Real Crime

How Two Detectives Tracked Down a Serial Rapist—After Police Didn't Believe His First Victim

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Conceptual photo: Photo: Elizabeth Livermore/Getty Images
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    How Two Detectives Tracked Down a Serial Rapist—After Police Didn't Believe His First Victim

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      Laura Dorwart

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      How Two Detectives Tracked Down a Serial Rapist—After Police Didn't Believe His First Victim

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      August 15, 2020

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      A+E Networks

In August 2008, 18-year-old Marie (her middle name) called the police in Lynnwood, Washington, to report nothing short of a nightmare. A strange man had entered her open apartment window, bound and gagged her with her own shoelaces and raped her repeatedly at knifepoint, she told detectives. Throughout the attack, the man had taken photos that he threatened to release if she ever told anyone. Before leaving, he’d forced her to shower to wash away any evidence.

Lynnwood police began the investigation as usual, searching the area around the Alderbrooke Apartment complex for clues. But the investigation would end, at least for a time, with Marie as the accused rather than the accuser.

Marie was a survivor of longtime abuse, living in subsidized housing for young adults transitioning out of the foster system. And Lynnwood police officers found reasons to doubt her: minor discrepancies in retellings of her story, a lack of emotional expressiveness and the extreme violence of her narrativesomething that her former foster mother, Peggy, described as sounding like something straight out of Law & Order

The detectives on her case, Sgt. Jeffrey Mason and Jeffrey Rittgarn, say they were disconcerted by Marie’s apparent lack of emotion. Rittgarn reportedly warned Marie that her transitional housing might be revoked if she didn’t pass a polygraph. Frightened, Marie told police it had been a dreamor maybe she had just made it all up for attention, like one of her former foster mothers had suggested.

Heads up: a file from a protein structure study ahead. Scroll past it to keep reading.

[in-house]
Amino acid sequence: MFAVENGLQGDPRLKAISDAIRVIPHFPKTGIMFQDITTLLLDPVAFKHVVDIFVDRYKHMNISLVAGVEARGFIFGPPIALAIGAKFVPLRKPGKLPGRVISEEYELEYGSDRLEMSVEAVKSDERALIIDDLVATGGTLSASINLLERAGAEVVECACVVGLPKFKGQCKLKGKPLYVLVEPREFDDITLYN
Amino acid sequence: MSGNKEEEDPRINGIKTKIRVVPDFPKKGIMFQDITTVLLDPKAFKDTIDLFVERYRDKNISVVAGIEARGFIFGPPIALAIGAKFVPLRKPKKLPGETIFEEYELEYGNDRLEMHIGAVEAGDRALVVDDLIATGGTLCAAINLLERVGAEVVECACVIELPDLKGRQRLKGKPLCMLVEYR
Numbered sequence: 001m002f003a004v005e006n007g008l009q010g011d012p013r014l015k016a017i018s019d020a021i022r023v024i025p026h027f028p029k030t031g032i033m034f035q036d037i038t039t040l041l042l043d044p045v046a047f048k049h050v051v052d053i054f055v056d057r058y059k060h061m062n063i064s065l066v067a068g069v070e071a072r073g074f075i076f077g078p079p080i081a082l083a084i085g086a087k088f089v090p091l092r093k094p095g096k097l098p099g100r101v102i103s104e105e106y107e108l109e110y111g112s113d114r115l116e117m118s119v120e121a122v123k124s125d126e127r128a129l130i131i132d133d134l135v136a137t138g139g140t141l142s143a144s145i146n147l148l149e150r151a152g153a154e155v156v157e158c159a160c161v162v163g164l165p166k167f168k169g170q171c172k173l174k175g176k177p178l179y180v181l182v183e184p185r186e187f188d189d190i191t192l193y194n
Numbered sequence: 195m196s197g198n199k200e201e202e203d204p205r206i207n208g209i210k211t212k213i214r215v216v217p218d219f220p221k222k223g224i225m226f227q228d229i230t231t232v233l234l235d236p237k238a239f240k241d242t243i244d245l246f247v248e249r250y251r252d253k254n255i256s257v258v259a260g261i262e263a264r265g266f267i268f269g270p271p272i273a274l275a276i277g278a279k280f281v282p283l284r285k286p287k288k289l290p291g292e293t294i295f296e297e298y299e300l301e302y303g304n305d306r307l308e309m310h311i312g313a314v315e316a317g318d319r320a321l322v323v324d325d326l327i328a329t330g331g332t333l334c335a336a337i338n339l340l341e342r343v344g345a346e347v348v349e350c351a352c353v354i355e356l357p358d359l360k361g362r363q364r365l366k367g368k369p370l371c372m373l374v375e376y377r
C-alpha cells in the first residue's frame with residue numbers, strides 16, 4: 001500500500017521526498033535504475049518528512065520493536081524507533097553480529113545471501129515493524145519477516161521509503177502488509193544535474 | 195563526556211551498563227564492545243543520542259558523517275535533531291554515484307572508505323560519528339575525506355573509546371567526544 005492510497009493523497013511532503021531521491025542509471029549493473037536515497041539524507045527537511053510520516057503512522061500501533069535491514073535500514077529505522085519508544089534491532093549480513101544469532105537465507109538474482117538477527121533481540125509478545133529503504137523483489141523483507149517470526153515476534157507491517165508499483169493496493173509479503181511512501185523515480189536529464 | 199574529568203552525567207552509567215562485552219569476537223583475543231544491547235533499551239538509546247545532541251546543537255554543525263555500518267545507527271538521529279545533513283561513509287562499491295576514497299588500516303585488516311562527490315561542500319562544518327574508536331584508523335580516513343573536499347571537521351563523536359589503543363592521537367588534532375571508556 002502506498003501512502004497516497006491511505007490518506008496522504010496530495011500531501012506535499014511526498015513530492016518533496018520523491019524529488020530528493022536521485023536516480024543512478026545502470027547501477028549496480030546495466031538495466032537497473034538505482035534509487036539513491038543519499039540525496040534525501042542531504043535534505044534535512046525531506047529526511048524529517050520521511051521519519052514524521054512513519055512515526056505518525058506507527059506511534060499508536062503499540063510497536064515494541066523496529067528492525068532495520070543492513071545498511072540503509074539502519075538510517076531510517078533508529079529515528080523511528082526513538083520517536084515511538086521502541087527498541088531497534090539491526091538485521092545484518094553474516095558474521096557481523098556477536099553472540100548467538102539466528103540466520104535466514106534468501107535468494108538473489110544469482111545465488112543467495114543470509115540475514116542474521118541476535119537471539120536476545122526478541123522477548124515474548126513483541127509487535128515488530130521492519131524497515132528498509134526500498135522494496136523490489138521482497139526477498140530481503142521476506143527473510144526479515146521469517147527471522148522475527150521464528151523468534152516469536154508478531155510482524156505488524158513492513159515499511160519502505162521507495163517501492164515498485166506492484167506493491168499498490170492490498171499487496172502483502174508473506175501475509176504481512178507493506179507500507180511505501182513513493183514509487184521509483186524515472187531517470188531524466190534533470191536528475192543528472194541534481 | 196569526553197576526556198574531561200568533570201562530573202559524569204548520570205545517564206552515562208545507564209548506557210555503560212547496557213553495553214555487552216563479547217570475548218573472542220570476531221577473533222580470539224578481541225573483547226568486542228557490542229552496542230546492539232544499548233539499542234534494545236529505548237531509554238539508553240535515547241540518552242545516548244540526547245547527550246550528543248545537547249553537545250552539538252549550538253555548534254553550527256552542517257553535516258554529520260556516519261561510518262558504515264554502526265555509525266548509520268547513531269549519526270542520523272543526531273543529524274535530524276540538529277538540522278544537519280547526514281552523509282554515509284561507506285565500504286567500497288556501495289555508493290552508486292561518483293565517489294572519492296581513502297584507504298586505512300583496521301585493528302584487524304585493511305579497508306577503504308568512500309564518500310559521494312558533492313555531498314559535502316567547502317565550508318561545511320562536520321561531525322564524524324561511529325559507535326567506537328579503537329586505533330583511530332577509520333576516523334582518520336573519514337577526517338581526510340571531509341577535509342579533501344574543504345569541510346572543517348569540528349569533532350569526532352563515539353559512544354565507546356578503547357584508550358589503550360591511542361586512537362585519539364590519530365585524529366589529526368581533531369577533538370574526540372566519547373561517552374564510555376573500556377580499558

Marie was charged with—and pleaded guilty to—misdemeanor false reporting. She was ordered to pay the court’s costs and attend counseling rather than serve any jail time as conditions of her plea deal.

The problem? Marie wasn’t lying. 

After attacking Marie, serial rapist Marc Patrick O’Leary stalked and raped at least five other women between 2008 and 2011. A 63-year-old woman in Kirkland, Washington, reported a similar attack around the time of Marie’s. And in the Denver, Colorado suburbs, his victims included a 65-year-old grandmother in Aurora, a 26-year-old engineering student in Golden, a 59-year-old woman in Westminster and a 46-year-old artist in Lakewood. 

But while Lynnwood police were dropping the case, two female detectives in Colorado were picking it up. 

Detective Stacy Galbraith of Golden and Detective Edna Hendershot of the Westminster Police Department teamed up after Galbraith described the perpetrator’s M.O. to her husband, who was also an officer at Westminster. It reminded him of a case he’d recently looked into himself. The details shared by victims were all the same: the pink heels the attacker made them wear, the forced showers after the assaults and the unique egg-shaped marking on his leg.